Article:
John Pinette is probably best known for his guest appearance on the final episode of Seinfeld - he was the big guy who got car-jacked. But comedy aficionados know him from his hilarious stand-up act, which wowed last year's Just For Laughs crowd so much that he's been dubbed the "most requested stand-up" in the festival's history.
He brings his show I Say Nay Nay - which details his ongoing battle with the bulge and his experiences as Edna Turnblad in the Broadway production of Hairspray - to the Winter Garden tomorrow (Friday, October 20). See Comedy Listings, page 74, for details.
You trained to be an accountant. How did you know that job wasn't for you?
I lasted about six months. I didn't do a lot of work. My job was to make the auditors laugh and distract them. I'm told a lot of bad stuff happened after I left. "Not my problem!"
Your big break came when you opened for Frank Sinatra. What did you learn from the man?
If I didn't know how to order in an Italian restaurant before, I sure did after I worked with him. One time in Vegas, he walked offstage and said, "Take me to a saloon." I thought that was really cool. He said basically he was a saloon singer. I always use that and say I tell jokes in saloons.
How did you survive the eight-shows-a-week slog of doing Hairspray?
I did 500 performances. After about 450, it's like the movie Groundhog Day. "It's gonna be the same thing today!" In the middle of a show, you can't start going from Oklahoma! They don't like that shit. You get notes when you do that. Monday is your day off, and really the only thing you can do is sit in a chair.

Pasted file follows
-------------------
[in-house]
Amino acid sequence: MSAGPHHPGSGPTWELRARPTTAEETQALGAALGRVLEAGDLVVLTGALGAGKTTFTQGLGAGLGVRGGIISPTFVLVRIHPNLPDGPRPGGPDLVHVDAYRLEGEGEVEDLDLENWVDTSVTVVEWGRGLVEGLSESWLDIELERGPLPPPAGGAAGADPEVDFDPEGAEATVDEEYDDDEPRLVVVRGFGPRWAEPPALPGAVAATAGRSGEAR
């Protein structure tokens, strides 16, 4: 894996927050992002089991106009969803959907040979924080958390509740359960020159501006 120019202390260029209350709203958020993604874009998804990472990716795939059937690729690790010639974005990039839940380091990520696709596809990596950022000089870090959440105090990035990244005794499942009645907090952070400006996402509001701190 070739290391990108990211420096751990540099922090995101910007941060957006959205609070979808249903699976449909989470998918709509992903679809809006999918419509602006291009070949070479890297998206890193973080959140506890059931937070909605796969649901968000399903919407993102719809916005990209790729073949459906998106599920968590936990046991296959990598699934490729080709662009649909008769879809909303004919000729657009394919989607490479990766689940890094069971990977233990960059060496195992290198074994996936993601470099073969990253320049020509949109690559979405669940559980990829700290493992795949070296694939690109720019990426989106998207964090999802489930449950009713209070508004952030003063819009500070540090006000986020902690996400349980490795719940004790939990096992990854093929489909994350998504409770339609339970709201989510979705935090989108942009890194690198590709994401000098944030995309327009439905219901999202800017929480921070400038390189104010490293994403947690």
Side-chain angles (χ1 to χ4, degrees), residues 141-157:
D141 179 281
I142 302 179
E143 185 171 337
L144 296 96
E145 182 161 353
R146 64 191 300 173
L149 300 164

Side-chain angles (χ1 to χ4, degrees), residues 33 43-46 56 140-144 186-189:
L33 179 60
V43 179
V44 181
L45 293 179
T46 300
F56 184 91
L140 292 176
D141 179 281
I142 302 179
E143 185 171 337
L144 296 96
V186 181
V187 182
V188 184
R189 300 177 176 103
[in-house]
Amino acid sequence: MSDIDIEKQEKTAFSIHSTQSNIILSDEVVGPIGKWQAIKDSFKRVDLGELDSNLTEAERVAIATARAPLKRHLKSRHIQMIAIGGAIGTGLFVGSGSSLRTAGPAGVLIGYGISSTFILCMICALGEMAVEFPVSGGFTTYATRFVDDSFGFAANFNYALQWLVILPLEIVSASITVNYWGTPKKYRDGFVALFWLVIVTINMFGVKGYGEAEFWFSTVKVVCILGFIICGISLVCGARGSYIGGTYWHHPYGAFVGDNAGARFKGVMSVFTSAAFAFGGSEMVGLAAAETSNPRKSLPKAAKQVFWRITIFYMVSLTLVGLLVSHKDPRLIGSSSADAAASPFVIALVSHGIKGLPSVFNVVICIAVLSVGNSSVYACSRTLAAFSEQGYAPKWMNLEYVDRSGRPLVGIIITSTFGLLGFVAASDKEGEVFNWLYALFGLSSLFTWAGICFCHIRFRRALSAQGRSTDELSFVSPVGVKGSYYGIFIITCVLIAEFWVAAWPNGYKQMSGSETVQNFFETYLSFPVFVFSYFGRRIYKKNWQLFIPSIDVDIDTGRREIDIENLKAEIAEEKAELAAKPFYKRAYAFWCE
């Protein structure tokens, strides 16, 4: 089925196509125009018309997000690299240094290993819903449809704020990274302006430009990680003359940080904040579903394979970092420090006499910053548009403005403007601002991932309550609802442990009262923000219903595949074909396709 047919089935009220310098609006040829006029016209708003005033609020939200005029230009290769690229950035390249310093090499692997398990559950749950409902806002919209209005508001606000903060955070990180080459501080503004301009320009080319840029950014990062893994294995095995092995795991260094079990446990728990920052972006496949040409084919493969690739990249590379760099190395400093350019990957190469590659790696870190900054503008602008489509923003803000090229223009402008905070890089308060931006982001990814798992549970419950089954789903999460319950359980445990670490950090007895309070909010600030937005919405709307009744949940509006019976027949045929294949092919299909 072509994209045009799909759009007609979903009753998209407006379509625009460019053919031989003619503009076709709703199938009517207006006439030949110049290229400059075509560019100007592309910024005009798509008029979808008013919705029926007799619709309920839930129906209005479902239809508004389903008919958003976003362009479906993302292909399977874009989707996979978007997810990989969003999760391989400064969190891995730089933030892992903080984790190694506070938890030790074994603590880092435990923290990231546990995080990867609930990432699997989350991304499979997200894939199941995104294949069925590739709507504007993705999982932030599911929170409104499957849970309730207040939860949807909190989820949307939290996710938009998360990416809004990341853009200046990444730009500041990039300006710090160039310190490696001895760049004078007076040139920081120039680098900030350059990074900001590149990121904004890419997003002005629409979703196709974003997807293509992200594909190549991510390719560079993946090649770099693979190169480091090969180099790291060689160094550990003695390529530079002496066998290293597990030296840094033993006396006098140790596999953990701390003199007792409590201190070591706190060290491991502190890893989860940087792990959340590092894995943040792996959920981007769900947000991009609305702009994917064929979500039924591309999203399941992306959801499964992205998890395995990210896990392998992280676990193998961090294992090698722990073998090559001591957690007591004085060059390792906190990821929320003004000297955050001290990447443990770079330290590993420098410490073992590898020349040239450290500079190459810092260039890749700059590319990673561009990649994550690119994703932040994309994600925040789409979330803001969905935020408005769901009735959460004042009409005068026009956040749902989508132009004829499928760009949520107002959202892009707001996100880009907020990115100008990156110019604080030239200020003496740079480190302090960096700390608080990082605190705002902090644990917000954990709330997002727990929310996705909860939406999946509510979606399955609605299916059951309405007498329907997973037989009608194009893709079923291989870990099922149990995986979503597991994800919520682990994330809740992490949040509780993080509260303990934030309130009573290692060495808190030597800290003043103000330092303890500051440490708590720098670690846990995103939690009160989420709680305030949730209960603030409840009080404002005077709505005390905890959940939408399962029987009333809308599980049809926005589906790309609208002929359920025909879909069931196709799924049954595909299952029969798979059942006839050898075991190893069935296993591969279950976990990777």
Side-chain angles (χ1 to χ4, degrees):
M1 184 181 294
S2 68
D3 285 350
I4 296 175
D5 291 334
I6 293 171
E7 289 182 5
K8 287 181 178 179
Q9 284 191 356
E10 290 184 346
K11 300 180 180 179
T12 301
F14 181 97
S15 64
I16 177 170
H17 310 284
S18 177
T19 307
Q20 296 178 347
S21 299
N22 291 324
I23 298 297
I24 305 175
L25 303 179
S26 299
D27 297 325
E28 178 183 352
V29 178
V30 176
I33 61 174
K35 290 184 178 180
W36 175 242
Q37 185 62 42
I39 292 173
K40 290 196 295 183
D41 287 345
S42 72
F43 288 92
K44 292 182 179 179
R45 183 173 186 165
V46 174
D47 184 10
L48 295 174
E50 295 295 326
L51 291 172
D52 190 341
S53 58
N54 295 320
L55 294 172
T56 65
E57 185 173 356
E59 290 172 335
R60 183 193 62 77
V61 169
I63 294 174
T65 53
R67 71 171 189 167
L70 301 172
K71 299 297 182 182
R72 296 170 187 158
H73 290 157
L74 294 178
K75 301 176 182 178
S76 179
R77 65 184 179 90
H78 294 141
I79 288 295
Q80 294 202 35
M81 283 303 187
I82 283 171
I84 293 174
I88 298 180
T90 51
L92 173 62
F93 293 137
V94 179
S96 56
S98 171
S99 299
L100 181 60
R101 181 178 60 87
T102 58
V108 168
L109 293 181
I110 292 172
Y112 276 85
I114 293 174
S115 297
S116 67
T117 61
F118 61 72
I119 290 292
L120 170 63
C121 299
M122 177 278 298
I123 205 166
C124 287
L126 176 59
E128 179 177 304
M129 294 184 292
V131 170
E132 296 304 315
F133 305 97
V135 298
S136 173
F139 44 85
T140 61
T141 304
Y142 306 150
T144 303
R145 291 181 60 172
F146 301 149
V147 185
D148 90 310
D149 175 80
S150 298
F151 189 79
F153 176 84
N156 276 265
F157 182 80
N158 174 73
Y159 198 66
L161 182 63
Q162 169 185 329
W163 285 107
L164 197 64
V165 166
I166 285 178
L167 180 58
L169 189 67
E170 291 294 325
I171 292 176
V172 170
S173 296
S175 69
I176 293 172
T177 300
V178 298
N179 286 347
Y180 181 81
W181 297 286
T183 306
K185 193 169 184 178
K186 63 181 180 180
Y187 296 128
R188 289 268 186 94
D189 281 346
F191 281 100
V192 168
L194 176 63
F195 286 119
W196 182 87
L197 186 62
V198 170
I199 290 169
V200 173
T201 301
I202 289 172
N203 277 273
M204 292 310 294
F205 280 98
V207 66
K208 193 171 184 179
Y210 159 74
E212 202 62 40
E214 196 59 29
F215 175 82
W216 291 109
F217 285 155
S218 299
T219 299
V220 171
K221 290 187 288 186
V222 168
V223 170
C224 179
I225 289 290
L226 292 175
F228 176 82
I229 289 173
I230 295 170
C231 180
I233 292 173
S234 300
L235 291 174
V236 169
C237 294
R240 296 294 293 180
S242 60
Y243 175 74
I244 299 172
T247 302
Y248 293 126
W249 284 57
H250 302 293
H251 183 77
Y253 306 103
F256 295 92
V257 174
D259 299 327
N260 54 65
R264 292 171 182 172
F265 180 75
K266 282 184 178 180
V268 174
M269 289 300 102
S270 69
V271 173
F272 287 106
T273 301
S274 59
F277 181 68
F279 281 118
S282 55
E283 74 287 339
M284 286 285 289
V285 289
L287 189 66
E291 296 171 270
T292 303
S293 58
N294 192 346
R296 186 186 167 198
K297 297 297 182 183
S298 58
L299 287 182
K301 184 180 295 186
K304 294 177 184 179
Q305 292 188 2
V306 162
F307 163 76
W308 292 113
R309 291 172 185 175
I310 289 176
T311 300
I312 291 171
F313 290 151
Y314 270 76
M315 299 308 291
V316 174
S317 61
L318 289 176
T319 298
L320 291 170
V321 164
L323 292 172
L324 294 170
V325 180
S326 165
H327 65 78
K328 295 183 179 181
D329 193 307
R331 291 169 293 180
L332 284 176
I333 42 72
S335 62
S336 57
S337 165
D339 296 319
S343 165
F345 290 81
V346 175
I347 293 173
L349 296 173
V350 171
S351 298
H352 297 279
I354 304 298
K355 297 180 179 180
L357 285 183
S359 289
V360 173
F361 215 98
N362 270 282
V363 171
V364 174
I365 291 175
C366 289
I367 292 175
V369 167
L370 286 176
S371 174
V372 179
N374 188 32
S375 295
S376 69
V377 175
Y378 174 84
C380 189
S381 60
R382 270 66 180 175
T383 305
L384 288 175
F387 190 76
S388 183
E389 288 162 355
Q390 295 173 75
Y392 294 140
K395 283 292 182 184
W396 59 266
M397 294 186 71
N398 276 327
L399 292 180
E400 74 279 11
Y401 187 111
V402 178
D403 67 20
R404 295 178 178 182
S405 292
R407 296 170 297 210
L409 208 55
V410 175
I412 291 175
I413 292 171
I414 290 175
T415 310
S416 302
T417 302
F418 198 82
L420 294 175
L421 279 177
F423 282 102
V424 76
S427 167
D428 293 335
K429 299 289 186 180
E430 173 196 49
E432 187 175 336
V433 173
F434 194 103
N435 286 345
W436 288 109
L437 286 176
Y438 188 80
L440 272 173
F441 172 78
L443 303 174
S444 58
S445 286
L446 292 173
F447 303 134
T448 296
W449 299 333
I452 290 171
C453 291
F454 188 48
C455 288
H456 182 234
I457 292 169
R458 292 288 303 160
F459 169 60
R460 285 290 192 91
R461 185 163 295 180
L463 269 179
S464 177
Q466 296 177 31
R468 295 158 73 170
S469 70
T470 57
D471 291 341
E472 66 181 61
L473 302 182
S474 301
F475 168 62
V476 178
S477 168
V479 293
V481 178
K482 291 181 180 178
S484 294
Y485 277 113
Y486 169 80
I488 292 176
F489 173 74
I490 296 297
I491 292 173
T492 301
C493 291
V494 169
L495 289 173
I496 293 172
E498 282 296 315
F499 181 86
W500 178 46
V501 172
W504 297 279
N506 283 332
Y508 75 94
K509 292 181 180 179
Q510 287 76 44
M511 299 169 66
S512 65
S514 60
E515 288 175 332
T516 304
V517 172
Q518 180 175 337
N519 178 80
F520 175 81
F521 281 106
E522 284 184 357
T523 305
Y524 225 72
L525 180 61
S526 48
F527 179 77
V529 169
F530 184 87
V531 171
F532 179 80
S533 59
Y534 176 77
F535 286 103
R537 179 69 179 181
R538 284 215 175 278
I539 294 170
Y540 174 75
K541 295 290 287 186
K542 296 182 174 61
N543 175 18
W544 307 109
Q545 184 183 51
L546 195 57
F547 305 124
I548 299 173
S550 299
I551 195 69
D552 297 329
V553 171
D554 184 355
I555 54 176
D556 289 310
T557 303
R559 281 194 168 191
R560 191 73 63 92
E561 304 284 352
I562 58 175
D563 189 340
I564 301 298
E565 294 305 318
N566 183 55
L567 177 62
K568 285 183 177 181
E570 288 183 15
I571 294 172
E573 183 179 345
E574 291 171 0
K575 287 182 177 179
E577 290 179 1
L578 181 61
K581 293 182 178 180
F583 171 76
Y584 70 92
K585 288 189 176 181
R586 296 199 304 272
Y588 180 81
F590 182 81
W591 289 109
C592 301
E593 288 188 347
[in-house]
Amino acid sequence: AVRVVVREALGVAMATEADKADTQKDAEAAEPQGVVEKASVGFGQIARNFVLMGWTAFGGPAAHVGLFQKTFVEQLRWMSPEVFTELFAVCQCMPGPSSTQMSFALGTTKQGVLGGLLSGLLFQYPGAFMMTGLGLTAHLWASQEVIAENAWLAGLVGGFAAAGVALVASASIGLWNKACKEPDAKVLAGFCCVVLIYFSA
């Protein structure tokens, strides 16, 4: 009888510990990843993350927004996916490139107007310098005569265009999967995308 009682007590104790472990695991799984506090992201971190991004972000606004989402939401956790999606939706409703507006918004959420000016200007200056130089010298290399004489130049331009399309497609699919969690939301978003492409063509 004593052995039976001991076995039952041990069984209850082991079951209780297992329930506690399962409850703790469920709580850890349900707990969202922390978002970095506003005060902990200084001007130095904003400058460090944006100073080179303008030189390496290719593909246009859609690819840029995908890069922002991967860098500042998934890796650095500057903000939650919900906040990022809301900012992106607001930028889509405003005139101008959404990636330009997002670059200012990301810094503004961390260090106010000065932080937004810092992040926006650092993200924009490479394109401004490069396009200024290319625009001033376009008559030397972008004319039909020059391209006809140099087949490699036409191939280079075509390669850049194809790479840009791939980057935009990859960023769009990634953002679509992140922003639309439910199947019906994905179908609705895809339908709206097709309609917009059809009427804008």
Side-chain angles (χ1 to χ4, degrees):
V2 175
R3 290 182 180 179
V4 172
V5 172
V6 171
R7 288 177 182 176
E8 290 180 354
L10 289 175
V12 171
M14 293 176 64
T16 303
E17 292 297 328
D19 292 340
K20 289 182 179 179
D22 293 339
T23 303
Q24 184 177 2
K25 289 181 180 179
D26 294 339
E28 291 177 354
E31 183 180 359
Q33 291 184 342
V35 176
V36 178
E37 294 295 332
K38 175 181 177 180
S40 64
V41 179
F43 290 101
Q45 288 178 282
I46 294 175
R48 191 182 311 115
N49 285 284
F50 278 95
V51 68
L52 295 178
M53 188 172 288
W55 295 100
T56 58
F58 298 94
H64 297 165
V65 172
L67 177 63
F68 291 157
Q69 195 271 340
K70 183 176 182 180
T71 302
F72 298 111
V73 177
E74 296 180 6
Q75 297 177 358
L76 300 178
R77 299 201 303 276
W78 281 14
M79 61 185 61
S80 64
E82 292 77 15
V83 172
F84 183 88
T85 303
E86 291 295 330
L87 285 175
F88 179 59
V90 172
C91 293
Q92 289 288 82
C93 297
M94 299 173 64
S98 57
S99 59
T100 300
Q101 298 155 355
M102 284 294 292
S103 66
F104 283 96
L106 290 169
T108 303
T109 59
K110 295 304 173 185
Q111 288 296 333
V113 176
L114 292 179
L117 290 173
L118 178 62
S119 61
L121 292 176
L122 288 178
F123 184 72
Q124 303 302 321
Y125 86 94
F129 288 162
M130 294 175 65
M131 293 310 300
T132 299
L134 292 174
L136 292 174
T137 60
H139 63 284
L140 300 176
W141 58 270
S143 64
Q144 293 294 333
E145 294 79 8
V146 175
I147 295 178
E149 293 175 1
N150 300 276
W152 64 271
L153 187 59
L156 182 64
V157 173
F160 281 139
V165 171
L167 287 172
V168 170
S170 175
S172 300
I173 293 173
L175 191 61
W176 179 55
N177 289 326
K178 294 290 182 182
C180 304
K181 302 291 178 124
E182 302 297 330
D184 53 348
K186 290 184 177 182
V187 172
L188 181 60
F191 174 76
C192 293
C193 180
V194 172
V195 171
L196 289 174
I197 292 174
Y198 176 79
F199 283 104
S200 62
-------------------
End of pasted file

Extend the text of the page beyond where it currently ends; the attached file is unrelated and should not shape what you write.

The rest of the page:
One of your earlier CDs was called Show Me The Buffet. What's your buffet strategy?
I try not to go to too many buffets any more. But if I go, and you're near the mashed potatoes, the pasta or any of the meat stations, you should probably move along.
Is it true you were banned from some buffets?
In my early days there was a Chinese buffet that had my picture with a slash through it.
You lost a lot of weight in 2001. How'd you do that?
I had a gastric bypass, so instead of a stomach I have a pouch. Which means I'm part marsupial. I'm actually protected by the World Wildlife Federation. If you hit me, you'll do federal time. It's like clubbing a seal.
Is there any performer you model yourself after?
Mel Gibson in Braveheart. Seriously, my comedy mentors are Buddy Hackett and Bill Cosby as storytellers, Richard Pryor as far as his being able to bring his life to the stage, and Jackie Gleason. When I lose my cherub-like demeanour onstage, it's Gleasonesque.
You're a regular on The View. What do think about Rosie's entrance?
I haven't been on with Rosie yet. Actually, John Waters said I look like her brother. But I think I'm prettier than her. I mean, I run a comb through my hair.